When I think of And So I Watch You From Afar (ASIWYFA in this article), I have to go back to a pre-apocalyptic world. When bars and venues were open, the cold beer was profusely pouring, and Northern Ireland was loudly striving as the music stage of Europe. Do you remember those days?
For all seven years that I’ve been living in Derry, the whispers were always the same: “Wait you haven’t seen them live? O boy I envy you, they are a show and a half.” And so in the winter of 2019, when I heard that they were going to perform in the Glassworks in Derry, I missed all opportunities to get a reduced, pre-sold ticket and bought mine at the door on the night, full price and that, and choked a little when I had to hand the money.
But as their energy carried the room and the crowd, the decibels banging against the high ceilings, I watched them flabbergasted as I thought “they are making every penny worth it.”
Since then I have been roaming the internet, listening to their art, getting mesmerised by how a quiet listen at home carries nearly the same strength and passion as a live performance.
In 2020, after a pandemic and three years post The Endless Shimmering, ASIWYFA returns with Successors, a three-piece EP that gave me a shiver of anticipation.
Successors is what you need in 2020 to carry you through the summer where nothing happened because nothing could. It is a breath of fresh air on a steamy hot day, bursting with energy. Every track has a plot twist – you think you’ve heard it all, but you haven’t and before you know it the music takes you on a journey you didn’t see coming.
You will dive into Arpanoid with a nice crescendo of chords that sound like the love child of a broken symphony and a crazy riff. Enjoy them because they are here to last – going mad in the background as the loud drums lift you off your feet, they bring texture to the piece. The sound dies as the plot twist comes in; you think the piece is over. Think twice. In the distance, there is a noise like when an orchestra tunes in before a performance. It is growing as the sound effect of distorted airwaves comes in. Are we trying to catch a message on the radio? Is there extra-terrestrial activity in my amps? This would fit so nicely in an episode of Stranger Things.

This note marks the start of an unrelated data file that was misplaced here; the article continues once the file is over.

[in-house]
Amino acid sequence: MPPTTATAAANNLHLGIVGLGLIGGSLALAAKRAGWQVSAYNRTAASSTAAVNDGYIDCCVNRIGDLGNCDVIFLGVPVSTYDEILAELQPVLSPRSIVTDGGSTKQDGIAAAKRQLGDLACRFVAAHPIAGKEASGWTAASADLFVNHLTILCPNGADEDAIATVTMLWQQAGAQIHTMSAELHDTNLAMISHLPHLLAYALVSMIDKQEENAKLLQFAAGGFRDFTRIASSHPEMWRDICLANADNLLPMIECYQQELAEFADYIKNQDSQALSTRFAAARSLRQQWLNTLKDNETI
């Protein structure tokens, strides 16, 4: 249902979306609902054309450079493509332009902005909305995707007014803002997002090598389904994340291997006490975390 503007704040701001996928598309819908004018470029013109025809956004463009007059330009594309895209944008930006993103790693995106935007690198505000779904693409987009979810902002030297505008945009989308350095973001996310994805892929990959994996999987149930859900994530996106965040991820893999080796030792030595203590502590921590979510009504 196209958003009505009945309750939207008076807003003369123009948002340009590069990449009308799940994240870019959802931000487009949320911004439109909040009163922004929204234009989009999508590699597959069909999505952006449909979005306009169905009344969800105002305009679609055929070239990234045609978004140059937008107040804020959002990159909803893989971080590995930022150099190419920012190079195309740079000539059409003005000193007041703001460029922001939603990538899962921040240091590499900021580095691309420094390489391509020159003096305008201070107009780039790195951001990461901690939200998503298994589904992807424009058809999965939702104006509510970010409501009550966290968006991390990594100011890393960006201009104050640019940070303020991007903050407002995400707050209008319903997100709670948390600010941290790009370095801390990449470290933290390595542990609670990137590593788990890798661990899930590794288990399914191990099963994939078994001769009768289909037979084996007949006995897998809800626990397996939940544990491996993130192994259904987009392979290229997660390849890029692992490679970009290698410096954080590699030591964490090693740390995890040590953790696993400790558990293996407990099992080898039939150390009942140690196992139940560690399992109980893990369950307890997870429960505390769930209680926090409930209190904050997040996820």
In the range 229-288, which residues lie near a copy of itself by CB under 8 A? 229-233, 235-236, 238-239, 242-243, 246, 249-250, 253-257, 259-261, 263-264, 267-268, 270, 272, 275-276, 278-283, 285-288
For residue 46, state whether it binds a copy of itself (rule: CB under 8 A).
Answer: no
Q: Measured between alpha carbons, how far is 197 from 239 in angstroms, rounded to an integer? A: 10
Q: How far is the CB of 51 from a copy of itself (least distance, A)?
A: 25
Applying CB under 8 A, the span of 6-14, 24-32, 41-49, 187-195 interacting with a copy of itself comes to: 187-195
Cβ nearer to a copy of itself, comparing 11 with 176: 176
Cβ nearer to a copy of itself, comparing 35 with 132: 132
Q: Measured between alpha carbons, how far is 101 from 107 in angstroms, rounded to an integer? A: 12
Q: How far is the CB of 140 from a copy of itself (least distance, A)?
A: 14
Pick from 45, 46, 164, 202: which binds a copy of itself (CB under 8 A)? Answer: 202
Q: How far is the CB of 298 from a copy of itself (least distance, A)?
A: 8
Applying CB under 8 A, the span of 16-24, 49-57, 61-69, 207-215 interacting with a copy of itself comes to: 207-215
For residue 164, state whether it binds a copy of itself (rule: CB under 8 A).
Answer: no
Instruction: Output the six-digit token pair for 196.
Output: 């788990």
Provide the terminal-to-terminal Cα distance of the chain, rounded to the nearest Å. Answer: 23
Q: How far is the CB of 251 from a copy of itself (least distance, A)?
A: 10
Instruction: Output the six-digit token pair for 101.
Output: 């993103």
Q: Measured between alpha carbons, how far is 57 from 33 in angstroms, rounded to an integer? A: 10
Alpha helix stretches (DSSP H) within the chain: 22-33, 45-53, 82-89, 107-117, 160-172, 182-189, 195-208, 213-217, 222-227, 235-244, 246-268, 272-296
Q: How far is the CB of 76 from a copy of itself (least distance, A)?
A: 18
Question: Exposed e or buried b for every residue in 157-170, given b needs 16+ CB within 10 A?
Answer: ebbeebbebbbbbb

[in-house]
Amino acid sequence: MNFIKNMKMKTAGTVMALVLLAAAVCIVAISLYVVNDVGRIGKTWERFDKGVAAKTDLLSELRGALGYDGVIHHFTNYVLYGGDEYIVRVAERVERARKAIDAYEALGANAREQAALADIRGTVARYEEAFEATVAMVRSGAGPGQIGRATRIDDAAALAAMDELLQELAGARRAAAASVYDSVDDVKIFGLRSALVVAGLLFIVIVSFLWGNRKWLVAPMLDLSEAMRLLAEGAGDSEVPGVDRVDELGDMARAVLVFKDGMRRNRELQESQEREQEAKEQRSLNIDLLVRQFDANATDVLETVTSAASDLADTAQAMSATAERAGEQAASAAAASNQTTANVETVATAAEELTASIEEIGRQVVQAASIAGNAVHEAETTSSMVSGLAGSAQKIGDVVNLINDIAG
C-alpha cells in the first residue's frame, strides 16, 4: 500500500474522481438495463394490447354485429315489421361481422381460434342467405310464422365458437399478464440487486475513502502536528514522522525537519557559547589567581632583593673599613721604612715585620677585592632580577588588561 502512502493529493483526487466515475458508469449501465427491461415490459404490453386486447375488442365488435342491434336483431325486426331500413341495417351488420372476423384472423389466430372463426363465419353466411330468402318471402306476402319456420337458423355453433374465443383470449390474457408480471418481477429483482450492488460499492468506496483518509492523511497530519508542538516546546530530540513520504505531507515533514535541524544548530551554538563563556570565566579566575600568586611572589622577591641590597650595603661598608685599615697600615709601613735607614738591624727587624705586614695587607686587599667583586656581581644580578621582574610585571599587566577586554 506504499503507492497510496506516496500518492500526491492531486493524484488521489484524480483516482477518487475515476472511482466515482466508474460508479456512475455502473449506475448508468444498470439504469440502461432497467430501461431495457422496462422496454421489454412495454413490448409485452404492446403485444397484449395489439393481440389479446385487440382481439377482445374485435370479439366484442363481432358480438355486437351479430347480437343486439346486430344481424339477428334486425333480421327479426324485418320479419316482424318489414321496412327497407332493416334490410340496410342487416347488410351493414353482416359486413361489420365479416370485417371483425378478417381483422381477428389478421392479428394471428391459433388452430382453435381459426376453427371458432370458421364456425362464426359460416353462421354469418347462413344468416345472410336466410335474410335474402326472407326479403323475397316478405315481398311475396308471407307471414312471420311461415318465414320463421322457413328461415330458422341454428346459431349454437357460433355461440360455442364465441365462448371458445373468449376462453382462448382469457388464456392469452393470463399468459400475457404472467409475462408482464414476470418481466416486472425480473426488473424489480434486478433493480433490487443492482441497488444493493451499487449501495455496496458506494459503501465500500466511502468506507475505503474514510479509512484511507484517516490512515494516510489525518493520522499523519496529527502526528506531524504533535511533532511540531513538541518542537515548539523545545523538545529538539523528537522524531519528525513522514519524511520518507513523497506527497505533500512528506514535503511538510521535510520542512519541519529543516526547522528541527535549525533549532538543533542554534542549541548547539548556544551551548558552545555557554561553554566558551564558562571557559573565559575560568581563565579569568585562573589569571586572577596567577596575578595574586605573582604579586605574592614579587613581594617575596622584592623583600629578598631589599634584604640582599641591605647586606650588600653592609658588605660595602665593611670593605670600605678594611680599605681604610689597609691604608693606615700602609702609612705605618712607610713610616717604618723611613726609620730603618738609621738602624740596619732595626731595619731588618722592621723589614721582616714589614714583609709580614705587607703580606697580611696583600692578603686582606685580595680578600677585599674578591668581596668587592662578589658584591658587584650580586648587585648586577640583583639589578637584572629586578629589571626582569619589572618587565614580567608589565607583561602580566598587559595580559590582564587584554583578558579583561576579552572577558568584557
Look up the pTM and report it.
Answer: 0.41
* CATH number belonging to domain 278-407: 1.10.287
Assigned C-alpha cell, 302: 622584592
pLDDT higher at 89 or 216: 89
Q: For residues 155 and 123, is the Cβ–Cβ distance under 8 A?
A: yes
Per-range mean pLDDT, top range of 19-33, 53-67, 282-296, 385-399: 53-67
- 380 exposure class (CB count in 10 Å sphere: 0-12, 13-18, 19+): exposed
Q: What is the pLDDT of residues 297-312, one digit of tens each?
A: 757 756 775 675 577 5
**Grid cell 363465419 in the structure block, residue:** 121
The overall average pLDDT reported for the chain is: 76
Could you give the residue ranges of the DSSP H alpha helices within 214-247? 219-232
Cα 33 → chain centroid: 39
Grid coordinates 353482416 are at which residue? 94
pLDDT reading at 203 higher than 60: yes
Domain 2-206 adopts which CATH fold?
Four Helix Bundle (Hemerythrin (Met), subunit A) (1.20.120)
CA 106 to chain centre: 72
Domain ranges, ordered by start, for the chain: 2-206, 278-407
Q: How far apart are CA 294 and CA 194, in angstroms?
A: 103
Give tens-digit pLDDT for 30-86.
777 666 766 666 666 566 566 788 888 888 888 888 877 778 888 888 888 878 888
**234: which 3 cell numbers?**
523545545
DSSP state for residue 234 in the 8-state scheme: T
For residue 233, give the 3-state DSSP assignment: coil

Odd Seals will introduce itself with the rigour of a metronome and the measured chaos of a Radiohead prelude. It is a less daunting, more upbeat, more normal track. There is an actual tune to it, a melody that you will end up humming. Those chord notes and the voices chanting ‘a-ha’ will stay with you, as they effortlessly replace the singer in the band. This track has an introduction, a middle and an epilogue; it actually tells you a story before fading into a nebula.
And then comes my favourite one, Radaghast. You don’t see that one coming either and if you were starting to dose off, you might get a good old fright. After a few notes that sound like the beginning of a Cigarettes after Sex song, crazy keys and a demonic drumbeat set the record straight. That drumbeat is what completely charmed me. It is steady, controlled, it pulses inside you and sends electricity through your limbs and the tip of your fingers. Then when you think you’ve settled and gotten used to this mad urge to breakdance; comes the plot twist. The crazy keys are caged and all you hear is a cascade of chords carried by a well-rounded drum. In this moment, it becomes nearly jazzy; and you are the victim of a sleep paralysis.
The cover of the EP represents something that looks like an iceberg topped by a giant broccoli and a futuristic space base. It is crazy, and so is the music that it contains. Not succumbing to it and skipping a listen would be a mistake because this is an EP that takes you on a quest, makes you feel like climbing Everest, raising the Titanic or running through all states of America for three years without stopping. It’s like eating a protein bar before going to bed and feeling the stamina shake your body awake.
With ASIWYFA you are always guaranteed a show and a half, and Successors is no exception. It’s good to have them back.